Doing Gender Lecture by Ashok Mathur
The Netherlands Research School of Gender Studies in cooperation with the Graduate Gender Programme (GGeP) at Utrecht University organises the seventeenth round of the DOING GENDER Lecture Series. These lectures stress the importance of doing gender work combined with an active involvement in the practice of gender theory and research. The concept of DOING GENDER supports a hands-on approach to gender issues in the sense of social and political engagement with the new forms of gender inequalities that are taking shape in the world today. The lecture series wants to give space to the new generations of gender theorists and practitioners and to perspectives that innovate the field and do gender in new ways. Key is the notion of doing gender: what is the state of the art definition of gender? How do contemporary scholars and activists utilise this definition?
On Tuesday April 25, 2017, Professor Ashok Mathur will give a Doing Gender Lecture on ‘The Short, Happy Life of Harry Kumar: island hopping and gender swapping’.
As an artist, critic, and novelist, Ashok Mathur is interested in how our bodies, histories and geographies inflect our contemporary social and political conditions. Through his fiction, which often incorporates South Asian mythologies and contemporary practices of magical realism and intertextual strategies, he tries to comprehend this relationship by exposing the reader to multiple and alternative realities. In his novel The Short, Happy Life of Harry Kumar, he became fixated on the origins and interpretations of the Ramayana, particularly the kidnapping of Sita and sequestering her on the island of Lanka, and the highly constructed gender implications of duty and responsibility. He began to investigate the multiple global histories of islands as sites of incarceration, exile, and isolation, and what this meant for a contemporary reality of migration and citizenship. Through the writing of this novel, he explored numerous island sites: the lush yet remote Gulf Islands of western Canada; Toronto Island, a relatively detached culture just minutes from a major North American metropolitan centre; Rottsnest Island, a former penal site off the coast of Western Australia, which itself was a prison colony; and of course Sri Lanka, the island state that is the domain of the demon Ravana (re-investigated palindromatically as Anna Verra) in the original Vedic epic that he rewrites/reconsiders in his novel.
This lecture will unravel the process of writing this novel, not just about the various island sites, but from them, as the novel was written as a peripatetic exercise as he travelled, researched, and wrote while inhabiting each of these island locations. Mathur will show how the creative process is itself an flexible one, far from the clichéd notion of writing being isolationist and best enacted from a singular fixed location. He will present short excerpts from the novel and illustrated annotations that discuss the value and importance of gendered and raced readings in the production of meaning through fiction.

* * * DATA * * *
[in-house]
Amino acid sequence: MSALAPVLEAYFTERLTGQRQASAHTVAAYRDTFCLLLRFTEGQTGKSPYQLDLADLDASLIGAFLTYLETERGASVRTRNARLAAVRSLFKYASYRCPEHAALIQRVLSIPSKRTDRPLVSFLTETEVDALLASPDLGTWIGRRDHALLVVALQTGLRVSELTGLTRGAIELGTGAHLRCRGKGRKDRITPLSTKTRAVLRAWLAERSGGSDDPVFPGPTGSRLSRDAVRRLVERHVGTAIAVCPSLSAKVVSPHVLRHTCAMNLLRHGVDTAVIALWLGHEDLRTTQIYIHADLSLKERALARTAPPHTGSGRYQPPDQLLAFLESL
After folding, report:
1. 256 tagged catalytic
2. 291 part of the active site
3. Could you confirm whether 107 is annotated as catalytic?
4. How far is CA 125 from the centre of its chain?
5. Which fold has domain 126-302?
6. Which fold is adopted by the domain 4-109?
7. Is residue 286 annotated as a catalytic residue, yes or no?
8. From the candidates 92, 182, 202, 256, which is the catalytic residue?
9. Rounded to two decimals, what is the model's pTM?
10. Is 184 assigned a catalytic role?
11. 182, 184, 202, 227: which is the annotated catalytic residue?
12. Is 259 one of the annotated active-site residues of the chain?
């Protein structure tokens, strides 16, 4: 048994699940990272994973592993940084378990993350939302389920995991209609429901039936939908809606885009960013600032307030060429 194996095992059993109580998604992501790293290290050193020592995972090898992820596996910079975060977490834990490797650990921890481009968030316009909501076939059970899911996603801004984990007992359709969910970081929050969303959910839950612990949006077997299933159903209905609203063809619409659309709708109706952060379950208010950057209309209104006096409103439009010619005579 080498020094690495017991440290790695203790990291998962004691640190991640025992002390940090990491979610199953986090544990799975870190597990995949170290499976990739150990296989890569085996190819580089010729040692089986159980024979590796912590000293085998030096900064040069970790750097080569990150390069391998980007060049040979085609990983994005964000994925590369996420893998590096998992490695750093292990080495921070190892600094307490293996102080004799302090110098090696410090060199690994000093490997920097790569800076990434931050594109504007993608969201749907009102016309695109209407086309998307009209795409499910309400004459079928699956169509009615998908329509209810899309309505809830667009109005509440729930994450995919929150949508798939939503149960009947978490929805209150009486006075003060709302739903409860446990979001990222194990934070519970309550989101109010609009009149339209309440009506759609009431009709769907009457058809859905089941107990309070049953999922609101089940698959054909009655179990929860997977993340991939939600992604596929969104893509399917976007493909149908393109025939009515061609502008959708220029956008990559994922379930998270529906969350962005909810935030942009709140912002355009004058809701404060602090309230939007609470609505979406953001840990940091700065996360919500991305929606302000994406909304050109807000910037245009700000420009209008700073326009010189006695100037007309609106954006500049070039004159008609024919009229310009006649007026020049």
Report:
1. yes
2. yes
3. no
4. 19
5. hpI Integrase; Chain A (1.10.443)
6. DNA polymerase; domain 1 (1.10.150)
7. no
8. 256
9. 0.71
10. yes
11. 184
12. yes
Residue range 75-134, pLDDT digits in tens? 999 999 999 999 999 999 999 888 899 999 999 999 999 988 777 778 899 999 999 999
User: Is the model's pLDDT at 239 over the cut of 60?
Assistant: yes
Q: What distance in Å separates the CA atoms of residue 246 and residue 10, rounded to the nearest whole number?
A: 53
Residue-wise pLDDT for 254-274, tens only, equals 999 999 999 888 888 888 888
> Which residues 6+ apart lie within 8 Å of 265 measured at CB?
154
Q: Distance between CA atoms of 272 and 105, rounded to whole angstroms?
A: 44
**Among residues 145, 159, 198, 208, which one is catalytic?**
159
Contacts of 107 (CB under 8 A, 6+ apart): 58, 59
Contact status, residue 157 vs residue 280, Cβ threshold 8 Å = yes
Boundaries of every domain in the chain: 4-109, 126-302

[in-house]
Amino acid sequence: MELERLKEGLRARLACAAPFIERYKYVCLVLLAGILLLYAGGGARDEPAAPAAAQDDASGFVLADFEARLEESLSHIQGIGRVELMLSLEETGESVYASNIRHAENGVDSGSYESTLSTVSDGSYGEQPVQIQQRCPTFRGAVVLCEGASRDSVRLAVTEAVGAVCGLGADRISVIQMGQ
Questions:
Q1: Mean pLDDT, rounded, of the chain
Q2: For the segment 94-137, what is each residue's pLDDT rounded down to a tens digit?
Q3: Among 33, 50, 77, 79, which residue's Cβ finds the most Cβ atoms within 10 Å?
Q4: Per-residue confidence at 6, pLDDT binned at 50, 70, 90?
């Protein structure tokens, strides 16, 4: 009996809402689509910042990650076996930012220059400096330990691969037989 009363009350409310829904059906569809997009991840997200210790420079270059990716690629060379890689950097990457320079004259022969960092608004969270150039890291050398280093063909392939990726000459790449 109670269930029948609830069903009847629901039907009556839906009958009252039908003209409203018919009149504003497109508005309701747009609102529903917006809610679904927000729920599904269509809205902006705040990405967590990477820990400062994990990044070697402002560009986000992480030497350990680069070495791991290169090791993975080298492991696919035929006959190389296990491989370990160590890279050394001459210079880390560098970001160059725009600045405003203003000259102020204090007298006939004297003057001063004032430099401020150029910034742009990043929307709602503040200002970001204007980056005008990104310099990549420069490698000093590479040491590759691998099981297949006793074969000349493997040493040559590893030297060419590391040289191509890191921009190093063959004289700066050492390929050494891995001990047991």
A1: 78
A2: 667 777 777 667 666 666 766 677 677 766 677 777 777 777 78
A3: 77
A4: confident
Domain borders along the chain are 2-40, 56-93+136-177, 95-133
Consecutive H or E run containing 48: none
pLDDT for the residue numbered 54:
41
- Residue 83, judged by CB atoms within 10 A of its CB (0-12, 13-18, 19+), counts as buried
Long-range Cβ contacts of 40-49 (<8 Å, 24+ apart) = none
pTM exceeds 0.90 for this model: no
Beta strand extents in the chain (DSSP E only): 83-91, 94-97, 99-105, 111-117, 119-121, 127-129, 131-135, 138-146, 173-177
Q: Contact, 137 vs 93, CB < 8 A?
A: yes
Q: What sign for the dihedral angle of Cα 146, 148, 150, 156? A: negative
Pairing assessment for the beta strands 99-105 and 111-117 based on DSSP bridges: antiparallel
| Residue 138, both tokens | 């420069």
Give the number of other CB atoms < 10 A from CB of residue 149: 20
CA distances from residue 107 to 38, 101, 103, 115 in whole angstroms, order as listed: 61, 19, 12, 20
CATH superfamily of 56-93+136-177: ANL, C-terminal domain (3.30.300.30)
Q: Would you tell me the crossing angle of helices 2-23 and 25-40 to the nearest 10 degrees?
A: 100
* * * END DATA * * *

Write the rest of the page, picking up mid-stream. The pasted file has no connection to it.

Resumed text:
Biography: Ashok Mathur’s cultural, critical, creative, and academic practice is wide ranging and investigates new models of artistic research and interdisciplinary collaboration, particularly those that pursue a social justice agenda. As a writer, cultural organizer, and interdisciplinary artist his work addresses the intersections of race, indigeneity, and creative and artistic research. His editorial work includes the anthology Cultivating Canada: reconciliation through the lens of cultural diversity (Aboriginal Healing Foundation, 2011), and numerous special volumes of arts and literary journals such as West Coast Line and Prairie Fire. He has also edited CiCAC Press which published poetry, prose, and creative non-fiction using an alternative author-driven approach to support writers and readers. His books include The First White Black Man (monograph press, 2016); A Little Distillery in Nowgong (Arsenal Pulp Press, 2009) which also functioned as a collaborative art installation in Vancouver, Kamloops, and Ottawa; The Short Happy Life of Harry Kumar (Arsenal, 2001); and Once Upon an Elephant (Arsenal, 1998); in addition he has published a poetic novella, Loveruage (Wolsak and Wynn, 1993). As a Canada Research Chair in Cultural and Artistic Inquiry (2005-13 at Thompson Rivers University), he organized and co-ordinated multiple arts-driven initiatives. Previously, he has organized artist residencies and colloquia in Banff, where he directed the international IntraNation residency in 2004, and Cyprus, where he co-convened the Performing Identity / Crossing Borders performance symposium. Prior to his CRC, Mathur was head of Critical and Cultural Studies at Emily Carr University. As current Head of the Department of Creative Studies at the University of British Columbia, Okanagan campus, Mathur works with critical race theory and radical/liberatory pedagogy to develop transformational and student-driven learning models.
Doing Gender Lecture details:
Tuesday April 25, 2017, Professor Ashok Mathur (The University of British Columbia, Canada)
- Lecture: ‘The Short, Happy Life of Harry Kumar: island hopping and gender swapping’
- Time: 16:00 – 17:30 hrs
- Location: Drift 25, room 0.02
- Chair: Prof. Rosemarie Buikema
The Doing Gender Lecture Series takes place in Utrecht and is free of charge.
Registration is compulsory: email@example.com
Upcoming Doing Gender Lectures:
– Prof. Ashok Mathur (The University of British Columbia, Canada): Tuesday April 25, 2017
– Prof. Roderick Ferguson (University of Illinois, Chicago) & Dr. Rahul Rao (SOAS, University of London): Thursday May 18, 2017
– Prof. Lynne Huffer (Emory University, USA): Tuesday June 13, 2017